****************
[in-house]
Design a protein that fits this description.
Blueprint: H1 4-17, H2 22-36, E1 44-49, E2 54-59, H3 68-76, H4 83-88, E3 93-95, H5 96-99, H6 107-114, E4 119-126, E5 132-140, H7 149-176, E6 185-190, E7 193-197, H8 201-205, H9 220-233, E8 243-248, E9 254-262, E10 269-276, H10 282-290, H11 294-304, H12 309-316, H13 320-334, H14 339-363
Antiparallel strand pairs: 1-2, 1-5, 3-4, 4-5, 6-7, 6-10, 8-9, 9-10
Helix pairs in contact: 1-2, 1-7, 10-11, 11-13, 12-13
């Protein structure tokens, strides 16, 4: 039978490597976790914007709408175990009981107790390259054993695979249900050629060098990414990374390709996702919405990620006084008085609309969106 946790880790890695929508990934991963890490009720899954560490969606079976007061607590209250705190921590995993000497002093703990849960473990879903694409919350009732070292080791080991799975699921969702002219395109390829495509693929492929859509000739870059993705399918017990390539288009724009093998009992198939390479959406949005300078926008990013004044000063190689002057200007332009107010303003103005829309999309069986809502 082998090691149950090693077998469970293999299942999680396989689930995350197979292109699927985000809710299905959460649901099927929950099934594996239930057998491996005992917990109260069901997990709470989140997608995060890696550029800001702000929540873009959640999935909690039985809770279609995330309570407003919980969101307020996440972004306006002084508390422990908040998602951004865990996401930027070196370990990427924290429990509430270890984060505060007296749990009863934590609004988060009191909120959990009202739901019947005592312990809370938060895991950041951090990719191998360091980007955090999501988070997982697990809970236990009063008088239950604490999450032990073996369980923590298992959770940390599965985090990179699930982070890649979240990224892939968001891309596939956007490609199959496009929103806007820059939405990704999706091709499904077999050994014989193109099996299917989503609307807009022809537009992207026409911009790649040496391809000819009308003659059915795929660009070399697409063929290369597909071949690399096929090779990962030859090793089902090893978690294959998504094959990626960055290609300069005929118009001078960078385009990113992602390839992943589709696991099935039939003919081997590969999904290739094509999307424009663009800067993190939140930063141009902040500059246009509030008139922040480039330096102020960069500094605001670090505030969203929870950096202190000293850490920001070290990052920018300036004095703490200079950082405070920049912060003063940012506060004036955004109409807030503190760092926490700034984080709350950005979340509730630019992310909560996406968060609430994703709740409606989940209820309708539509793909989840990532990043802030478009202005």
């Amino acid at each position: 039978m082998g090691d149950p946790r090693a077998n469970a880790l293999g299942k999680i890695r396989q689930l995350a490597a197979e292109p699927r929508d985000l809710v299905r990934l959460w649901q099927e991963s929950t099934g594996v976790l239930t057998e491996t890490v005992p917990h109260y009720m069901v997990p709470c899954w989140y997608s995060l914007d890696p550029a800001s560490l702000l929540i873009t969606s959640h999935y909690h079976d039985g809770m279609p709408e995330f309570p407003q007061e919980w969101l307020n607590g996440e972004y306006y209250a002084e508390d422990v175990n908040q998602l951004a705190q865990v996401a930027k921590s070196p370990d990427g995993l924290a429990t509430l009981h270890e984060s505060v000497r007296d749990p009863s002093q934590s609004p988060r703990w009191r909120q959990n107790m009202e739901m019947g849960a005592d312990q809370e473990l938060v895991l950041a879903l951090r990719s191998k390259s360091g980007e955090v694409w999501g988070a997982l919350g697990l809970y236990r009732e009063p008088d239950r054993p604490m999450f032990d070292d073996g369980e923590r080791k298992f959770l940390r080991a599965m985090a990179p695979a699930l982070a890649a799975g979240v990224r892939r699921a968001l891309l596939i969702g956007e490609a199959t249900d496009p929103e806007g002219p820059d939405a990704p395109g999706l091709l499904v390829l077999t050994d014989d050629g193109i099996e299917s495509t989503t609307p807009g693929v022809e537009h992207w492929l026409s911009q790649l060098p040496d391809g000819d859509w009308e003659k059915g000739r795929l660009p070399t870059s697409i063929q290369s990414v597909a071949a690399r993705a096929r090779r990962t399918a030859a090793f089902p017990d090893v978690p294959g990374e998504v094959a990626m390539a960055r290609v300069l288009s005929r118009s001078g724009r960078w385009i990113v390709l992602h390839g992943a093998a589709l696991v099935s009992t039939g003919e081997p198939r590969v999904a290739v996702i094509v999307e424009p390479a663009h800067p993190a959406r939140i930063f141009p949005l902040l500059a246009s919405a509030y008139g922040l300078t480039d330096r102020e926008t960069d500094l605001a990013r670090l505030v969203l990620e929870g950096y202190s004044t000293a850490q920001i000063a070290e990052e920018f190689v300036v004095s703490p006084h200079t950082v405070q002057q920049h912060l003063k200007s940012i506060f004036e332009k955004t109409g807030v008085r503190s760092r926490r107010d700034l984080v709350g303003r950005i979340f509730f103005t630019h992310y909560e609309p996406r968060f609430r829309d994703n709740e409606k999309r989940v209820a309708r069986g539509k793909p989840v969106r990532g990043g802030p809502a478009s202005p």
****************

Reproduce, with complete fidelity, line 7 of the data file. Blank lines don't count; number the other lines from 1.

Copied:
């Amino acid at each position: 039978m082998g090691d149950p946790r090693a077998n469970a880790l293999g299942k999680i890695r396989q689930l995350a490597a197979e292109p699927r929508d985000l809710v299905r990934l959460w649901q099927e991963s929950t099934g594996v976790l239930t057998e491996t890490v005992p917990h109260y009720m069901v997990p709470c899954w989140y997608s995060l914007d890696p550029a800001s560490l702000l929540i873009t969606s959640h999935y909690h079976d039985g809770m279609p709408e995330f309570p407003q007061e919980w969101l307020n607590g996440e972004y306006y209250a002084e508390d422990v175990n908040q998602l951004a705190q865990v996401a930027k921590s070196p370990d990427g995993l924290a429990t509430l009981h270890e984060s505060v000497r007296d749990p009863s002093q934590s609004p988060r703990w009191r909120q959990n107790m009202e739901m019947g849960a005592d312990q809370e473990l938060v895991l950041a879903l951090r990719s191998k390259s360091g980007e955090v694409w999501g988070a997982l919350g697990l809970y236990r009732e009063p008088d239950r054993p604490m999450f032990d070292d073996g369980e923590r080791k298992f959770l940390r080991a599965m985090a990179p695979a699930l982070a890649a799975g979240v990224r892939r699921a968001l891309l596939i969702g956007e490609a199959t249900d496009p929103e806007g002219p820059d939405a990704p395109g999706l091709l499904v390829l077999t050994d014989d050629g193109i099996e299917s495509t989503t609307p807009g693929v022809e537009h992207w492929l026409s911009q790649l060098p040496d391809g000819d859509w009308e003659k059915g000739r795929l660009p070399t870059s697409i063929q290369s990414v597909a071949a690399r993705a096929r090779r990962t399918a030859a090793f089902p017990d090893v978690p294959g990374e998504v094959a990626m390539a960055r290609v300069l288009s005929r118009s001078g724009r960078w385009i990113v390709l992602h390839g992943a093998a589709l696991v099935s009992t039939g003919e081997p198939r590969v999904a290739v996702i094509v999307e424009p390479a663009h800067p993190a959406r939140i930063f141009p949005l902040l500059a246009s919405a509030y008139g922040l300078t480039d330096r102020e926008t960069d500094l605001a990013r670090l505030v969203l990620e929870g950096y202190s004044t000293a850490q920001i000063a070290e990052e920018f190689v300036v004095s703490p006084h200079t950082v405070q002057q920049h912060l003063k200007s940012i506060f004036e332009k955004t109409g807030v008085r503190s760092r926490r107010d700034l984080v709350g303003r950005i979340f509730f103005t630019h992310y909560e609309p996406r968060f609430r829309d994703n709740e409606k999309r989940v209820a309708r069986g539509k793909p989840v969106r990532g990043g802030p809502a478009s202005p």